The outlook for most writing and editing jobs is expected to be competitive because many people with writing or journalism training are attracted to the occupation. Online publications and services are growing in number and sophistication, spurring the demand for writers and editors, especially those with Web experience. Job growth in the field of communication varies for different professions. For example, employment for technical writers is expected to grow 10 percent between 2014-24, which is faster than average. However, the job outlook for editors is expected to decline by 5 percent. Opportunity for market research analysts is expected to grow by 19% between 2014-24, which is much faster than average. (Source: U.S. Bureau of Labor Statistics O.O.H. ’15)

Job Titles

Technical Writers, Proofread Editors, Market Research Associate/Analyst, Copywriters, Communication Trainer, Research and Writing, Communications Coordinator, Media Relations Assistant and Web Updating, Newsletter Editor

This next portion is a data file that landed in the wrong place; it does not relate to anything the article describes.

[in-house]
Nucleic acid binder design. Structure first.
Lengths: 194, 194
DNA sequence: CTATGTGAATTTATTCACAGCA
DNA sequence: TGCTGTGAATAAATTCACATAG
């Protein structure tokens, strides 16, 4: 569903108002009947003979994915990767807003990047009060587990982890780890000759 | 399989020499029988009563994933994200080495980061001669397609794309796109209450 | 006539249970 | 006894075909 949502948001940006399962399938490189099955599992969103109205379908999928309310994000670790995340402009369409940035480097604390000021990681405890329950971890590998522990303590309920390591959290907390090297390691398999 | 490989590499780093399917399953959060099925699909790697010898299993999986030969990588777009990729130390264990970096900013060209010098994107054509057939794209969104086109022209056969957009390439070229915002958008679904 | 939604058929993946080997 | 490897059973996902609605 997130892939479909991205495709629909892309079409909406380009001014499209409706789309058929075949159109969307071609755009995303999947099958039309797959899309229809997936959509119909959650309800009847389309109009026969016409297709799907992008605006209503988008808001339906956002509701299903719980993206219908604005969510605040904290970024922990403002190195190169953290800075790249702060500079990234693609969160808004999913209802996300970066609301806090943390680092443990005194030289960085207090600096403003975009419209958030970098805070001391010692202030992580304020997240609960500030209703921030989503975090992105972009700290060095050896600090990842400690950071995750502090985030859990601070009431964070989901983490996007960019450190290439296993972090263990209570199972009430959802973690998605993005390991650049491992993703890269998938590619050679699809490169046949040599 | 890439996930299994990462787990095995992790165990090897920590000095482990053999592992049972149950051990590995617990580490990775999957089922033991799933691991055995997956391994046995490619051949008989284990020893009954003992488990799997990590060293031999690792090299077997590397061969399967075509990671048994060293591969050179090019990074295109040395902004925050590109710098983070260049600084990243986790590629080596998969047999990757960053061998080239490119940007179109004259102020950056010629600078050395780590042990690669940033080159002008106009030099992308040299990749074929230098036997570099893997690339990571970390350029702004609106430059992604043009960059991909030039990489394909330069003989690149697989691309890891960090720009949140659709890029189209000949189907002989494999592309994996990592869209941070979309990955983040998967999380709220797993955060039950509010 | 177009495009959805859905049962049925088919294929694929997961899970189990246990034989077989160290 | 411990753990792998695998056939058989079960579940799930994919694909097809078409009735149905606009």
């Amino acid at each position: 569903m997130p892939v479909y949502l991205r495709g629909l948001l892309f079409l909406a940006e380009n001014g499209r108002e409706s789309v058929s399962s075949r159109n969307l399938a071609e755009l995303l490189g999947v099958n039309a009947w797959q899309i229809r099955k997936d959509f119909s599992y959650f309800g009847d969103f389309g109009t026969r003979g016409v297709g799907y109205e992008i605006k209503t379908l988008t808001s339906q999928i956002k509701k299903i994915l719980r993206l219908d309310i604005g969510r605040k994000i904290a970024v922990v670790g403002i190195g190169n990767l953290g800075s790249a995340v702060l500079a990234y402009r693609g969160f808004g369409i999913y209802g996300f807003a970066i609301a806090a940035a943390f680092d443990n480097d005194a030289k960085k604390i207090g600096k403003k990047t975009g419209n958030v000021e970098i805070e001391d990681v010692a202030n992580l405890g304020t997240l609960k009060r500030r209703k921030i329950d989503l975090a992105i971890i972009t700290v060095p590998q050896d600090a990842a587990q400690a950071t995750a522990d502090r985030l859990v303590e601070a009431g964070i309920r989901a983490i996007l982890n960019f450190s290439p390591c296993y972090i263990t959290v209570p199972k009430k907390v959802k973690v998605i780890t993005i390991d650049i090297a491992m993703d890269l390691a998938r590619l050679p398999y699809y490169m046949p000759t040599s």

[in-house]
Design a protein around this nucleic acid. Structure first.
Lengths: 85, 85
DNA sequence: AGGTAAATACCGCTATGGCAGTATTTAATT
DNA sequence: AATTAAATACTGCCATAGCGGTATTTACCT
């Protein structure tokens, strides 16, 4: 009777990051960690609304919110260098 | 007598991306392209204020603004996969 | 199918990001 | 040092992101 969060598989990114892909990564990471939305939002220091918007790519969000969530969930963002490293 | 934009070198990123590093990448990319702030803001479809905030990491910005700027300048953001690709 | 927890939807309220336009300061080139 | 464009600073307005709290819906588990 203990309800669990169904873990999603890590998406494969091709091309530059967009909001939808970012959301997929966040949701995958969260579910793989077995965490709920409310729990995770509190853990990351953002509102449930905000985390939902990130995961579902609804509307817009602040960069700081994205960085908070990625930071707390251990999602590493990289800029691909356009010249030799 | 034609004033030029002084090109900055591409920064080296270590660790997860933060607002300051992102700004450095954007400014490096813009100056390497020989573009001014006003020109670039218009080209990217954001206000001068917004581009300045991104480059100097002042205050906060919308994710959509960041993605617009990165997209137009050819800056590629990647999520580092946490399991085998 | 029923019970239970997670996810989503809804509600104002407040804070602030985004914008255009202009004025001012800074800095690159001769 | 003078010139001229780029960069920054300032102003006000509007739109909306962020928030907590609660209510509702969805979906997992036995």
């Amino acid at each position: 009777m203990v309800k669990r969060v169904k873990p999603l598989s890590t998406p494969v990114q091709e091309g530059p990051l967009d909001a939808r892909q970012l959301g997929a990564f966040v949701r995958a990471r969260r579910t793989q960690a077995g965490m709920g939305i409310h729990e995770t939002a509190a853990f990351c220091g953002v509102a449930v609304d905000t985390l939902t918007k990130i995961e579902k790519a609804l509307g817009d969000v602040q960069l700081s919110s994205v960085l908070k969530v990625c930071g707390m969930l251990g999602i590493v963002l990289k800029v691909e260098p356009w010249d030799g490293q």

Significant Points

  • Although employment is projected to increase faster than average, keen competition is expected for entry-level jobs.
  • The ability to communicate effectively is essential. (Source: U.S. Bureau of Labor Statistics O.O.H.)

Selected Employer Hiring Partners

Bausch & Lomb, Pulse, Chrysler, A Thin Line Studio, Excellus Blue Cross Blue Shield, City of New York Parks & Recreation, Grant Office LLC, Monroe County, Presidential Classroom, Navistream Corp, NY State Assembly, RIT, United Way, USA Today, Walt Disney World, WCMF Radio, Xerox, National Guard, Synergy Enterprises

Contact Us

We appreciate your interest in your career and we will make every effort to help you succeed. Feel free to contact Tabitha Arrendell, the career services coordinator who works with the Communication program. You can access information about services through our web site at www.rit.edu/careerservices.
 
Tabitha L. Arrendell, Career Services Coordinator, This email address is being protected from spambots. You need JavaScript enabled to view it.; 585.475.7823
Rochester Institute of Technology . Office of Career Services and Cooperative Education
Bausch & Lomb Center
57 Lomb Memorial Drive . Rochester NY  14623-5603
585.475.2301
 
Unless otherwise noted, information is based upon data collected by RIT Office of Career Services and Cooperative Education
 
7/16